Oki Electric Industry Co. said on Wednesday that in an experiment, the company pushed 160Gb of data in a second over fiber across a distance of 635 kilometers.
In more practical terms, the test demonstrated the potential to send four movies in a second from Tokyo to Osaka, Oki said.
The manufacturer worked with the National Institute of Information and Communications Technology and used the Japan Gigabit Network II, an optical network research environment available to manufacturers and institutions.
Oki installed optical amplifiers along the network and also used its 160G-bps transceiver as part of the test. The transceiver supports such high transmission speeds by using time division multiplexing and four modulators that create 40G-bps optical signals, the company said. The transceiver then multiplexes the four signals to create one 160G-bps optical signal.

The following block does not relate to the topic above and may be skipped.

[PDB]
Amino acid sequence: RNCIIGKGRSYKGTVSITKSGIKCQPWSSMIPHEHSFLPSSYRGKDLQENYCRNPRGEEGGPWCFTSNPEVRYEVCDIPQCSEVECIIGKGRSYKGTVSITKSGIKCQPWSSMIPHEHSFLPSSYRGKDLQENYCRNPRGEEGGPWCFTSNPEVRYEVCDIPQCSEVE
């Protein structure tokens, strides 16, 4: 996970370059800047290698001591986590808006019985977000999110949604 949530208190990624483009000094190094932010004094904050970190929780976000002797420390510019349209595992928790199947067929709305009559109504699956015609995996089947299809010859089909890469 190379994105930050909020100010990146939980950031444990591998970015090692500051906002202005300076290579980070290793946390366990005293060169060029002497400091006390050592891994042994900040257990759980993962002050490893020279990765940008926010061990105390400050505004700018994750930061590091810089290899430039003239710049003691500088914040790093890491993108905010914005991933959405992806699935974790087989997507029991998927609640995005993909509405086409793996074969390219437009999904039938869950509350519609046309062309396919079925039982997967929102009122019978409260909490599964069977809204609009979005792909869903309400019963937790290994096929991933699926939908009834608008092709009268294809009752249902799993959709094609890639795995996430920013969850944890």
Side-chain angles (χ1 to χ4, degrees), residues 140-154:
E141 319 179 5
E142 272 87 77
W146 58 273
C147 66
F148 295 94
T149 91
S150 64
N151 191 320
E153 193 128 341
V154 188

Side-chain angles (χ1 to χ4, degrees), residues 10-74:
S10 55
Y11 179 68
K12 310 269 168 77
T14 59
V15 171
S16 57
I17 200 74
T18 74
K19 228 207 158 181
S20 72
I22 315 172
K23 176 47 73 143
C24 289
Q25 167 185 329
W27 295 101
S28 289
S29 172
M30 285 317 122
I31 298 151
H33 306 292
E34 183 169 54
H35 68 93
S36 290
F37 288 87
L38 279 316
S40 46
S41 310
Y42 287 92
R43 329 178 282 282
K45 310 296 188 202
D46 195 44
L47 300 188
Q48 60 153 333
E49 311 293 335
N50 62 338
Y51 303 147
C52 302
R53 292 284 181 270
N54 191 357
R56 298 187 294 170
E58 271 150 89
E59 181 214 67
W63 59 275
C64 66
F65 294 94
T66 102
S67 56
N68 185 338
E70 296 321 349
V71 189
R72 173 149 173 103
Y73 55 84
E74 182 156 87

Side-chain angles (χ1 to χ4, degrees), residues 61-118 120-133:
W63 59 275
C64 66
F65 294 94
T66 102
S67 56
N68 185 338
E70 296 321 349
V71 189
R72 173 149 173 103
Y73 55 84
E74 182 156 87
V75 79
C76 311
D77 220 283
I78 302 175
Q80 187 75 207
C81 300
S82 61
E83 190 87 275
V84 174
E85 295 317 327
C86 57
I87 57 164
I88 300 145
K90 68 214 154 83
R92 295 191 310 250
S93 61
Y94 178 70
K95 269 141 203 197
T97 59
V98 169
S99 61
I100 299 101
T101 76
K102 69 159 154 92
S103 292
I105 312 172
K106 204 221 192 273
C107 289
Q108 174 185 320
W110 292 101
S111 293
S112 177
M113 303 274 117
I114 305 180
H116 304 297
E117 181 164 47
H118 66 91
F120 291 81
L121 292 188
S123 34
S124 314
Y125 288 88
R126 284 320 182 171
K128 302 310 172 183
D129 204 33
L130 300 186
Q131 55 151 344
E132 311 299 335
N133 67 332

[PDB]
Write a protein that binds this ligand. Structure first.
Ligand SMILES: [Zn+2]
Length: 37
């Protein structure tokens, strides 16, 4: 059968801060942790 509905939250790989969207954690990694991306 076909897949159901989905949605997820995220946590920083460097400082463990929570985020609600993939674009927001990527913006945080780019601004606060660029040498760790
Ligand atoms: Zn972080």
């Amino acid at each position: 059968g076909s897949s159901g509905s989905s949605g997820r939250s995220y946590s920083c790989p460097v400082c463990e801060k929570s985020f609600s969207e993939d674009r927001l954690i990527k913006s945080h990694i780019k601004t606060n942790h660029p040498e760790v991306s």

The trial showed that the technology could be used for backbone lines connecting cities such as Tokyo and Osaka, which are 500 kilometers apart, Oki said.
The company plans to commercialize its 160G-bps transceiver and expects the technology to be available after 2010.